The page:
Jackie Wright: Updates about the latest in nutrition
The Fitness Trail
A recent long-term study completed at Harvard T.H. Chan School of Public Health (HSPH) has shed new light on the possibility of lowering cardiovascular disease-related mortality rates (i.e. CVD-related mortality rates) by increasing the intake of whole grains.
The Harvard School of Public Health reviewed data from over 74,000 women from the Nurses’ Health Study and over 43,000 men from the Health Professional Follow-Up Study between the mid-1980s through 2010. After adjusting for variables such as age, smoking, body mass index, physical activity and their general diet parameters excluding whole grains, the team of researchers looked at the participants’ whole grain intake and compared it with mortality data over the indicated time period.
This study has been published in JAMA Internal Medicine 2015 (“Association Between Dietary Whole Grain Intake and Risk of Mortality – Two Large Prospective Studies in US Men and Women”) (doi:10.1001/jamainternmed.2014.6283). If you would like to check out the entire study visit http://www.JAMAInternalMedicine . The study basically concludes that consuming a diet with higher whole grain content is associated with lower total CVD mortality in women and men in the United States. And, even substituting one serving of refined grains or red meat per day with one serving of whole grains was associated with a lower CVD-related mortality rate.
Additional Nutrition Updates
With so many “buzz” words and terms flying around the nutrition world these days, take a moment to check out a couple of these clarifications:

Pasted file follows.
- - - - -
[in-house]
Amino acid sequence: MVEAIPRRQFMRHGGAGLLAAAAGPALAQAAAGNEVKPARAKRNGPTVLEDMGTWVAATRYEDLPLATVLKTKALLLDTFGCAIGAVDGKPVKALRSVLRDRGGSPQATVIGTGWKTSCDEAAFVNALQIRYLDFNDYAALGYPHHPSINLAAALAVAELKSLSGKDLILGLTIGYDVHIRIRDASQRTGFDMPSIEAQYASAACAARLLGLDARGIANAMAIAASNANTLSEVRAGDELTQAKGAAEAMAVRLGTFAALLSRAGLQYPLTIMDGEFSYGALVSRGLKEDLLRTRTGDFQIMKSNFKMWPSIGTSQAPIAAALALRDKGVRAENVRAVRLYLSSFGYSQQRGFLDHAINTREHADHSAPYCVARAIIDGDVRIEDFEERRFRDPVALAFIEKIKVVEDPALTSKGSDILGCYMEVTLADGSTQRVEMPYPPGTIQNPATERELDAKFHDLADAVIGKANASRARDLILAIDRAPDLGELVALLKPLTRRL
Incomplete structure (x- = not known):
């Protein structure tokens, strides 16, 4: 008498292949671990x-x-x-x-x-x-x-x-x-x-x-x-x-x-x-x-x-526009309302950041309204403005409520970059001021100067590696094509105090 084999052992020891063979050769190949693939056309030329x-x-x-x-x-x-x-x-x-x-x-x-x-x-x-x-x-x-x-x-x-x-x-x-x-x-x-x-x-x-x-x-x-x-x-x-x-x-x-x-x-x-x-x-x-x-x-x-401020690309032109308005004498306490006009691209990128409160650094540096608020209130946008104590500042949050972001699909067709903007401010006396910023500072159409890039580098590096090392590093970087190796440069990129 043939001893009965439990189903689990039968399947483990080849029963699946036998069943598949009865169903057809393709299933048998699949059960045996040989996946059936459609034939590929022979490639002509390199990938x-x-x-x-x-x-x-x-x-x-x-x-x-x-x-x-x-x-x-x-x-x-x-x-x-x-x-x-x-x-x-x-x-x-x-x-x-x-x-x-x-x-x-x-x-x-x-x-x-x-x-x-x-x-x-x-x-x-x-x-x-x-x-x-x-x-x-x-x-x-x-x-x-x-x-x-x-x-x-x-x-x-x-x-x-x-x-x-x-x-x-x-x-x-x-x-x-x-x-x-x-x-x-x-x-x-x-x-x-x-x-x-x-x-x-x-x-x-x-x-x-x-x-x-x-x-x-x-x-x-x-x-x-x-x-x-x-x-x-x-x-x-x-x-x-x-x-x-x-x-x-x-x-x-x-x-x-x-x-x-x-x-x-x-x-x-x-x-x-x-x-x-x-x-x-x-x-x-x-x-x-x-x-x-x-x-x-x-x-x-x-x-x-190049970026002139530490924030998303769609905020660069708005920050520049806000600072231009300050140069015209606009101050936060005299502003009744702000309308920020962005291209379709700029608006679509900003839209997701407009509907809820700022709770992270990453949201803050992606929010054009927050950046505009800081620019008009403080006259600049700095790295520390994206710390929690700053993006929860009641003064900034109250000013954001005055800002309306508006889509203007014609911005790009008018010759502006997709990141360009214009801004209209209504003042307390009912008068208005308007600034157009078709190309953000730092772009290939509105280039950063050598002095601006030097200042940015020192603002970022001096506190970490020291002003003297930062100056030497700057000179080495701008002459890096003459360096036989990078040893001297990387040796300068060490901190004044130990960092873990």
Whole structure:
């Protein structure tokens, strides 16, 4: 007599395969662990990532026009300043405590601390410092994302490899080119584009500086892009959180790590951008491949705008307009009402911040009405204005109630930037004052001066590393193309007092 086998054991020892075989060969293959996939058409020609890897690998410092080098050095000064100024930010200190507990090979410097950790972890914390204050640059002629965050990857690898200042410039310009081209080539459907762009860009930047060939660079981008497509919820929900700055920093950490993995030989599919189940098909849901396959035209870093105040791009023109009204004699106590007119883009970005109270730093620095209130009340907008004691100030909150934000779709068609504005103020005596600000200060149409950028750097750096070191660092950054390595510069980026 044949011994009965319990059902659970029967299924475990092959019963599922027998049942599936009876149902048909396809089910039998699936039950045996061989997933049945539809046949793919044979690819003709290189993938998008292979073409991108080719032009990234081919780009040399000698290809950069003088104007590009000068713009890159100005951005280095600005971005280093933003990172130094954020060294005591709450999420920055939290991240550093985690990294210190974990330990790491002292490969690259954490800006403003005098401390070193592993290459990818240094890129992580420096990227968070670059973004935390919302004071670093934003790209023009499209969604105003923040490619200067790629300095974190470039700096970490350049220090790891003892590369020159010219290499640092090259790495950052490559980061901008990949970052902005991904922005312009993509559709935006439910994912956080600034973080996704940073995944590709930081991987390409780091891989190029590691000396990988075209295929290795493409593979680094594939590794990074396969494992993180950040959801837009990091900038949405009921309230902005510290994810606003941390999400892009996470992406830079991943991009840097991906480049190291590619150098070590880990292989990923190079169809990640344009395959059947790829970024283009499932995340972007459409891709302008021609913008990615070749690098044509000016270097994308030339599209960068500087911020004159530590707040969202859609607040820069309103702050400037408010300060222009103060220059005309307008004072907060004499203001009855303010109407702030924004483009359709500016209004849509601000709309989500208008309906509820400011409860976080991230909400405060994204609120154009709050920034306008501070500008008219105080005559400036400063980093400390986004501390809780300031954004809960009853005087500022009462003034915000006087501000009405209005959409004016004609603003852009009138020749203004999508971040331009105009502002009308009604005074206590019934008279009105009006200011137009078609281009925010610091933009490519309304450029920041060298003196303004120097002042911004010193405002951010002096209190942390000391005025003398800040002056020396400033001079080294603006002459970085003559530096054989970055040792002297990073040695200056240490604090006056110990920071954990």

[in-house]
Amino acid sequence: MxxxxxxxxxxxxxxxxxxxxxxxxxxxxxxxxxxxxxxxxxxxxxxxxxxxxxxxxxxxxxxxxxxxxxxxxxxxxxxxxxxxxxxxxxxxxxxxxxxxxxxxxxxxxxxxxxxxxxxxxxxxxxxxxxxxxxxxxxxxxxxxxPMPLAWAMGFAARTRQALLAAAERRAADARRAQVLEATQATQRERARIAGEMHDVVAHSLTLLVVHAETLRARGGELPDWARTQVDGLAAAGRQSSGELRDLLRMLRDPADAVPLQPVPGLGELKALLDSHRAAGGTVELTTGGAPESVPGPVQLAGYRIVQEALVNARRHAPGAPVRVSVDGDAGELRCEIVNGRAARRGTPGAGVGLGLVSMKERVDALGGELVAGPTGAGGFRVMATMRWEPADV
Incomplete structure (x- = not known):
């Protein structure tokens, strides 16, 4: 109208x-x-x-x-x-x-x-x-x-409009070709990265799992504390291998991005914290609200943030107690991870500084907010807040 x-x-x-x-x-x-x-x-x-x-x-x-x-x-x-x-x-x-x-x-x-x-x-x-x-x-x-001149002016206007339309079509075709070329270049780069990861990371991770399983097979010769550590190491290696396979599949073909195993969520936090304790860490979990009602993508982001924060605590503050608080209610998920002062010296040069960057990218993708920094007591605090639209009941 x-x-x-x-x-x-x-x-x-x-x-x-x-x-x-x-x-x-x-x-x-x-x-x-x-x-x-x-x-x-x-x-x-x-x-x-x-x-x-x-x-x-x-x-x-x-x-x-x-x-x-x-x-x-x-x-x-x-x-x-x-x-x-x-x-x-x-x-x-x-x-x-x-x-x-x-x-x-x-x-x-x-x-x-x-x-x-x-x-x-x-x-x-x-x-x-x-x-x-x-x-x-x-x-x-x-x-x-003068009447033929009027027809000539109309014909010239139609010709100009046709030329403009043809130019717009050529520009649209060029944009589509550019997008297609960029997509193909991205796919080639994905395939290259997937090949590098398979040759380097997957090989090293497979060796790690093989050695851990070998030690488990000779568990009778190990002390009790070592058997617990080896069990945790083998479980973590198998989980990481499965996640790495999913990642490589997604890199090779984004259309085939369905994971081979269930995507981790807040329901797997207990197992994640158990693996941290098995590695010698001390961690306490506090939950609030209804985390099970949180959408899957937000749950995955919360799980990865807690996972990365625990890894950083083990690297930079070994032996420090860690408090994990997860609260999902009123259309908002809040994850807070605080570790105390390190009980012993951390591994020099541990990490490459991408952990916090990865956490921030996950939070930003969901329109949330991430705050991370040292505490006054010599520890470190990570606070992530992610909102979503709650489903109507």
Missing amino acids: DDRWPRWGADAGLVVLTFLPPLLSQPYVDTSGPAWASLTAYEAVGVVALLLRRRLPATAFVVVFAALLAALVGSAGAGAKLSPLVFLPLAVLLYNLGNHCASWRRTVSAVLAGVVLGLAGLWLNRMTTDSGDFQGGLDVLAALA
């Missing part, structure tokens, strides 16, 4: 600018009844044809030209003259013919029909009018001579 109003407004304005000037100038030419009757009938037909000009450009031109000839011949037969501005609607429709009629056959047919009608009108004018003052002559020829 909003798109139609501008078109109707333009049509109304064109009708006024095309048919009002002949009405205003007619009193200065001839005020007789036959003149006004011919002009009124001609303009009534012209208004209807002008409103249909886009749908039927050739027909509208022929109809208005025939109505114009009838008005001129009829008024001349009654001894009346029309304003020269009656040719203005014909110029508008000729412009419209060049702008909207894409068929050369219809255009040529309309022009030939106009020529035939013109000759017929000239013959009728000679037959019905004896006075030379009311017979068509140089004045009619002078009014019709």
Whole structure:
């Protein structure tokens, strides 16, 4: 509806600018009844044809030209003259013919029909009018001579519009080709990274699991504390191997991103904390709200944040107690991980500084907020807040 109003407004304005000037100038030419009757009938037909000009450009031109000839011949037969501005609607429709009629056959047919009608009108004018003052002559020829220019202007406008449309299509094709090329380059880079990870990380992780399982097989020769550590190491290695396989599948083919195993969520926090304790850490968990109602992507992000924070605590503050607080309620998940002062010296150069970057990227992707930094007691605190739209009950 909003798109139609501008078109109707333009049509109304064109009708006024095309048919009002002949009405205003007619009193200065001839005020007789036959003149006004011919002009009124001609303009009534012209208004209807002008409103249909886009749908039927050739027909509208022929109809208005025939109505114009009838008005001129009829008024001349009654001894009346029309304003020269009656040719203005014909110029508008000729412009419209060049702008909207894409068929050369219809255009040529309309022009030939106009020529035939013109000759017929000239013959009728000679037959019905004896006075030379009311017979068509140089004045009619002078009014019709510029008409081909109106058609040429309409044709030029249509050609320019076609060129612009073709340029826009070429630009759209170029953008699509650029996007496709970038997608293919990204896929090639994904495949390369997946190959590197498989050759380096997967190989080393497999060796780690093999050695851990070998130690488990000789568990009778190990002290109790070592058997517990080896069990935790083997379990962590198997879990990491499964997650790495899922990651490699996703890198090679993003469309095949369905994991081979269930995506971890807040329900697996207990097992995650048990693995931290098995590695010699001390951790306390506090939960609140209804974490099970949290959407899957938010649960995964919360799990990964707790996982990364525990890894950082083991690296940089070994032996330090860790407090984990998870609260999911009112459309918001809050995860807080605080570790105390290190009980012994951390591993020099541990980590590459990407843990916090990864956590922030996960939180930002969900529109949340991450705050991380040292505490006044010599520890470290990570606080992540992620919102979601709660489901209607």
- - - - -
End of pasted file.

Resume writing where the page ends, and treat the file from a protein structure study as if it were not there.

What is plant-based eating?
It is not a vegan diet. It simply encourages you to consume plant foods in their whole form and to limit animal products. A vegan diet excludes all animal products and does not require you to consume only whole foods, restrict your fat or sugar intake.
What are probiotics and prebiotics?
One definition cited by Schrezenmeir & de Vrese 2001 (Havenaar and Huis In’t) is “a preparation of or a product containing viable, defined microorganisms in sufficient numbers, which alter the microflora (by implantation or colonization) in a compartment of the host and by that exert beneficial health effects in the host”.
Then, in 1995, Gibson & Roberfroid defined prebiotics as “a non-digestible food ingredient that beneficially affects the host by selectively stimulating the growth and /or activity of one or a limited number of bacteria in the colon.”
That is a lot to “digest.” However, Mary Hartley, MPH, RD simplifies matters for us by identifying which foods are good sources of probiotics. Check out Mary’s website at http://www.AskMayRD.com, where she breaks down probiotics into food and categories as follows:
Dairy: yogurt, kefir, natural/traditional cheese
Asian: miso, fermented tofu, tempeh, natto`, kimchi
Alcoholic: microbrewed beer, wine, saki
And, as far as prebiotics, you will find those in whole grains, bananas, onions, garlic, honey and artichokes.
If you are interested in a review of popular diets, go to http://www.ideafit.com where 20 popular diets (everything from Atkins, to Biggest Loser to Low Glycemic Index, Medifast, and Mediterranean to paleo to vegetarian) have been described and the pros and cons of each detailed. The IDEA Health & Fitness Association is dedicated to providing excellent resources to fitness professionals and the general public. Take a moment and visit their website, which is brimming over with excellent health and fitness information throughout the year.
Jackie Wright is the owner/manager of Mountain Life Fitness LLC in Granby. She may be reached at her website at http://www.mtnlifefitness.com, her email at firstname.lastname@example.org and her Facebook page at Mountain Life Fitness.
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Due to current public health guidance, there will not be an in-person wilderness campsite lottery for Rocky Mountain National Park this year.